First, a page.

In the latest reversal of long-standing United States policy in the Middle East, Secretary of State Mike Pompeo declared this week that Washington no longer views Israeli settlements in the West Bank as “inconsistent with international law.”
Pompeo framed the decision as a “reversal” of Obama administration policy. He said, “[Former] Secretary [of State John] Kerry changed decades of this careful bipartisan approach by publicly reaffirming the supposed illegality of settlements,” referring to a December 2016 resolution in the United Nations Security Council that termed the settlements illegal, which President Barack Obama permitted to pass by abstaining from the vote.
But in fact, Obama had been more tolerant of Israeli settlement than his predecessors. While he talked more often about their being an obstacle to peace, that abstention was the only time in his eight years in office that Obama had allowed a U.N. resolution critical of Israel to pass. By contrast, George W. Bush permitted six UNSC resolutions to which Israel objected to pass. Ronald Reagan permitted twenty.
Obama even vetoed a UNSC resolution whose text was almost verbatim U.S. policy, causing himself quite a bit of embarrassment in the international arena. On another occasion, Israel announced a new and highly controversial settlement in East Jerusalem while Vice President Joe Biden was in the country. The administration’s reaction was to do a reading of standard talking points and move on.
Distorting Obama’s record affects more than the president’s legacy. It increases the distortion of politics around Israel and its occupation. Obama emphasized actual Israeli security needs, which, in his view, included finding an agreement with the Palestinians, and lowering the temperature between Israel (and Saudi Arabia) and Iran. Trump has focused on crowd-pleasing, grandiose gestures like moving the U.S. embassy to Jerusalem a move that eliminated any possibility of diplomacy with the Palestinians; or leaving the Iran nuclear deal, which aggravated tensions with Iran, thereby making the environment considerably less secure for Israel. Much like the neoconservative strategies of the early part of the century, casting those who pursue diplomacy as a threat to security allows hawks to get away with making the region less secure for everyone. Read more at LobeLog
As the curtain drops on 2017, it drops too on the Israeli-Palestinian peace process as we have known it. At the age of 24, that process has finally died, with none other than President Donald Trump
Shimon Peres, John Kerry and Mahmoud Abbas at the World Economic Forum in May 2013
pulling the plug. But let’s not give him too much credit or blame for that. The killing blow was struck by his predecessor, Barack Obama.
There was much to like in Obama’s presidency, especially given the mess he was handed in 2009 and the unprecedented obstructionism of the Republican Party during his tenure. But he also had abject failures that were due to his own shortcomings, and the sharp degeneration in the Israeli-Palestinian conflict under his watch is at the top of the list. Read more at LobeLog
I have discovered an article of mine from 2006 still online. It is a review I wrote for the journal Global Understanding of William Quandt’s book, Peace Process: American Diplomacy and the Arab–Israeli Conflict since 1967. Despite being eight years old, it is striking how much of this piece remains relevant. It will also serve as a preview of some more current work I am doing. I hadn’t seen the piece since its initial publication, so I’m happy to share it with you here. I hope you find it as valuable as I do.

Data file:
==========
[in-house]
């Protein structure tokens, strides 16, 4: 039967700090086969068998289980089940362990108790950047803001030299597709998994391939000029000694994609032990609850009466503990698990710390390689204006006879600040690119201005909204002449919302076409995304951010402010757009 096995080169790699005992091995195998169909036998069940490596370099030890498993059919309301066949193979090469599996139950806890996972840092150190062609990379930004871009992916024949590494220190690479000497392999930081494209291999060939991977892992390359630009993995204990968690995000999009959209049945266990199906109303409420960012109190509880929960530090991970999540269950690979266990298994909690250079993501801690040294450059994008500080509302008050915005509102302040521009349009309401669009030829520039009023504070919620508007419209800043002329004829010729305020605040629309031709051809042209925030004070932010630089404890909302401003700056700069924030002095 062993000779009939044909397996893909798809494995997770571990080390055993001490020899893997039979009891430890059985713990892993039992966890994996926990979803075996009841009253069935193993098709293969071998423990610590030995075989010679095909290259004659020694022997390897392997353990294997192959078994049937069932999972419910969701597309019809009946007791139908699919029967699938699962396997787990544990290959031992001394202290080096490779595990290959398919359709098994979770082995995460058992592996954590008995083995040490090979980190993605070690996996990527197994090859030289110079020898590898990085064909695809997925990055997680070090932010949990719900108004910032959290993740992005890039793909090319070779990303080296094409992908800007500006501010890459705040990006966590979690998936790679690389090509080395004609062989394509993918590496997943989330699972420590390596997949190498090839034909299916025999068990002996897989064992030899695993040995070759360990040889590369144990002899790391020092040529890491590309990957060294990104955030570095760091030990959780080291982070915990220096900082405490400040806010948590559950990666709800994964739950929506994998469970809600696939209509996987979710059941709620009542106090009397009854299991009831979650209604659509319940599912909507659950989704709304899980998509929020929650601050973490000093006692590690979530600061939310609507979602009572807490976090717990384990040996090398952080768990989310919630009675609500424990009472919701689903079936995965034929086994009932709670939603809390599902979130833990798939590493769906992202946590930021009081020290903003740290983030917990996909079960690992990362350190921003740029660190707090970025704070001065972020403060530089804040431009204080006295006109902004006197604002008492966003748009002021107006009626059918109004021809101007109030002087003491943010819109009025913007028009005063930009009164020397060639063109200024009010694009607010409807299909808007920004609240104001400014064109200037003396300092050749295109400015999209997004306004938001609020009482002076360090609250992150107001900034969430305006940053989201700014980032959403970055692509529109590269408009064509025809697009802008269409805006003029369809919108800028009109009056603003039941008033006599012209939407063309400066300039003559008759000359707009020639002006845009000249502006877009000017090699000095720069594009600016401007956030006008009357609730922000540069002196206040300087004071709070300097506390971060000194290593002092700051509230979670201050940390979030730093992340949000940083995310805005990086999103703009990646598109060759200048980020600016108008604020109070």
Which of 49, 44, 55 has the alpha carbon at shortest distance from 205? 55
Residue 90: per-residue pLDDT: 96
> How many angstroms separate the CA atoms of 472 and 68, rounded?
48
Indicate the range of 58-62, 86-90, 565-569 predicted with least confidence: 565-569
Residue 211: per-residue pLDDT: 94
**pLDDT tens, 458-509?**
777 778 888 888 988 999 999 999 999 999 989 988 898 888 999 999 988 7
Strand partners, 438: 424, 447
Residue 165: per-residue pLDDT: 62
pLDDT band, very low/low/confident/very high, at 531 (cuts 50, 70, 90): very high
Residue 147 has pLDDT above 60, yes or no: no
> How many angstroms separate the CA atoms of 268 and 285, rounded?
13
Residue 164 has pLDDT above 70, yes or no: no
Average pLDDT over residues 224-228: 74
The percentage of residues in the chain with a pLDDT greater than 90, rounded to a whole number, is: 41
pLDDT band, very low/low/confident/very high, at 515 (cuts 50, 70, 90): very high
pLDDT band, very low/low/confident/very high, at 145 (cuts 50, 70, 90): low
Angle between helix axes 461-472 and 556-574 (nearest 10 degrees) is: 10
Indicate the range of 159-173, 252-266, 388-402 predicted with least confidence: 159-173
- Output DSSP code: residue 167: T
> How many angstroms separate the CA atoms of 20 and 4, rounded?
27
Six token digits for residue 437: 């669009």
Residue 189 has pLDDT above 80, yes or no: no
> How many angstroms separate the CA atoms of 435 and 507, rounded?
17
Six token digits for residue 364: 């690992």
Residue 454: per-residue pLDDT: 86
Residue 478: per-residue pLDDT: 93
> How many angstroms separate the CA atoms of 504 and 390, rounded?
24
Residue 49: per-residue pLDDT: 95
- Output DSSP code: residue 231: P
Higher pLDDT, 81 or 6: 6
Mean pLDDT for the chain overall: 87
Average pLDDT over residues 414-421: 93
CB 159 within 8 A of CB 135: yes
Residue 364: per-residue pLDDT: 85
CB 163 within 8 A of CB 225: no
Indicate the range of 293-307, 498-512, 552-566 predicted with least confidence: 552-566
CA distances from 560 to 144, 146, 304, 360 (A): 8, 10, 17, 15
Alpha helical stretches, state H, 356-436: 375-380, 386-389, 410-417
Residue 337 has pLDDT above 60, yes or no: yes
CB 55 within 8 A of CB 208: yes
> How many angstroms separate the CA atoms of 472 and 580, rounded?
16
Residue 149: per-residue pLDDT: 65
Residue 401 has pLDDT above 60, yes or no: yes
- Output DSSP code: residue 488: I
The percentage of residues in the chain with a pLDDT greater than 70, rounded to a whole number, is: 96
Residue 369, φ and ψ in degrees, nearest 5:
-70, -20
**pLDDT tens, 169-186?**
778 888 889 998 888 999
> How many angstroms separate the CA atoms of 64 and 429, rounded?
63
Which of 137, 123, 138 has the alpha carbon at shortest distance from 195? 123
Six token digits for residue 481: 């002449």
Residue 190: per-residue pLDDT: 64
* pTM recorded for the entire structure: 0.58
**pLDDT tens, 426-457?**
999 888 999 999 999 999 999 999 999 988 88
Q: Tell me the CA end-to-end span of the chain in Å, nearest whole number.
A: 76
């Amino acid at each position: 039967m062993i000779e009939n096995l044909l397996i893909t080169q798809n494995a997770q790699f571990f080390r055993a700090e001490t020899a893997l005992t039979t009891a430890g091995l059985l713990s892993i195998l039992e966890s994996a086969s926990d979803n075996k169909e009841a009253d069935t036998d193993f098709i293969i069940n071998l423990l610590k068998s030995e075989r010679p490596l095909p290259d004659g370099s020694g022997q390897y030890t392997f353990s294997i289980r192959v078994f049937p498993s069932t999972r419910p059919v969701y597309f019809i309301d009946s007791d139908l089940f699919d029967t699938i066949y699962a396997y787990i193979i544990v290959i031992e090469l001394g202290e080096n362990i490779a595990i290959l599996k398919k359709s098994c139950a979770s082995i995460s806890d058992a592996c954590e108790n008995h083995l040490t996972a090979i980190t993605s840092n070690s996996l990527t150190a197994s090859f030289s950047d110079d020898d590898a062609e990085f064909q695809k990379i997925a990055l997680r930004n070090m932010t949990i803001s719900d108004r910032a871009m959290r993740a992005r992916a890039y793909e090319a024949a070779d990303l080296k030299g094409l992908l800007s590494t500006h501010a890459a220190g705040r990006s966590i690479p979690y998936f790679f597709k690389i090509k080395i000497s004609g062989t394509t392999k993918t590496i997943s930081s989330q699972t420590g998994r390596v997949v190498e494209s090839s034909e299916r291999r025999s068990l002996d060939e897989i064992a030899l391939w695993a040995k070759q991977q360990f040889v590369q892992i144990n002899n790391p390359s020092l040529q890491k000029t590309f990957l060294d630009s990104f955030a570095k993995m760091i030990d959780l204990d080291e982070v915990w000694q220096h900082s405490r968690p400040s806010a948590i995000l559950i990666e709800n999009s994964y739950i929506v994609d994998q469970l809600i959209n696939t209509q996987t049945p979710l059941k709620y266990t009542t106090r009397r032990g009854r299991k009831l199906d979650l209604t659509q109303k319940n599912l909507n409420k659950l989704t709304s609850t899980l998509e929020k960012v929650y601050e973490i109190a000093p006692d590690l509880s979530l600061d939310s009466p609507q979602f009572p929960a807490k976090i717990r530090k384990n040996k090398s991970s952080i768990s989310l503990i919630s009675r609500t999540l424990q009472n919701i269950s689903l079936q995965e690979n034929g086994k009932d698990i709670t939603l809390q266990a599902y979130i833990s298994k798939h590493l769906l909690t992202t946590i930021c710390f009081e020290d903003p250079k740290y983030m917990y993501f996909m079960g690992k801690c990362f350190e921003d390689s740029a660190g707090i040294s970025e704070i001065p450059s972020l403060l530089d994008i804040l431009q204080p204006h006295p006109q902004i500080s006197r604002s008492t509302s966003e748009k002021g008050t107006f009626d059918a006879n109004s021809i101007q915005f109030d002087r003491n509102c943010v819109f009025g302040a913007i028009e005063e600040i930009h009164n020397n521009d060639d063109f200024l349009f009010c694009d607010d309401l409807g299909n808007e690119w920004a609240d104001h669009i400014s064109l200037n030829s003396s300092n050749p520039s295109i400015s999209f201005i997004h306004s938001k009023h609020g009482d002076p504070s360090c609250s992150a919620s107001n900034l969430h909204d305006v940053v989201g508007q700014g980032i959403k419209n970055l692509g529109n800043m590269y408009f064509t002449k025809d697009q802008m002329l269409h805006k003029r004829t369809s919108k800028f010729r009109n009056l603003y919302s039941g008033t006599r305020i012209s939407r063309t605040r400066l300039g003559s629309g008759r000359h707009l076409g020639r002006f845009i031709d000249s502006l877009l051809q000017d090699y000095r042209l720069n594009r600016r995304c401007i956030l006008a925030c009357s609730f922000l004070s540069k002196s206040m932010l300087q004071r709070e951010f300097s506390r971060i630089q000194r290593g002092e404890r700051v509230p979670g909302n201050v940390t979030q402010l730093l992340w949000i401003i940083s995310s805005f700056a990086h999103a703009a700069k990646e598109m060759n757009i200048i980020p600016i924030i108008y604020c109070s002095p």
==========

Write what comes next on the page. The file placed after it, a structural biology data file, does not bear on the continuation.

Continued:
Today, another piece on Gaza. This one, though, is more emotional and personal. I see too much of my own background, too much of
Israeli soldiers lounge outside the museum of the Zionist militant group, the Irgun Zvai Leumi.
how I was raised to understand Judaism in Israel’s actions. I stress, this is far from any kind of “real” Judaism. It is one of a great many kinds of Judaism, many understandings of what being Jewish means. the one I was raised with was, well, simply not a very nice version. And on some level, no matter how much I may embrace other Judaisms, this version will always be the most visceral for me. And, luck me Israel reflects it back at me on a regular basis. I explore in Souciant today.
Chris Christie addressing the 2014 CPAC convention. Credit: Gage Skidmore
The absurdity of political campaigns in the United States added another chapter recently when New Jersey governor Chris Christie made the “Republican hajj” to Las Vegas. Ostensibly, he was going to speak to the Republican Jewish Coalition, but the real pilgrimage was to grovel at the feet of billionaire casino mogul Sheldon Adelson in the hope of getting the kind of fat contribution that Mitt Romney and Newt Gingrich availed themselves of in 2012.
During his RJC speech, Christie made the grave mistake of using a clear fact that was unacceptable to the RJC and even more so to Adelson. He called the West Bank “the Occupied Territories.” Gasps were heard nationwide. Christie was forced to ramp his groveling up to supersonic levels as he moved to apologize to Adelson for this nearly unforgivable blunder.
Such is the role of truth when it comes to Israel in the bizarre world of Republican pro-Israel politics. And it’s not just confined to the GOP. The Democrats have also dodged this very simple fact, and it has created a political climate where the US media also rarely refers to the Occupied Territories as “occupied territories.” The politically correct term for moderates is “disputed territories.” On the right, it’s the biblical designation, “Judea and Samaria.” Nowhere else but in the United States, not even in Israel, is it this controversial to call the West Bank “occupied territory.” Continue reading →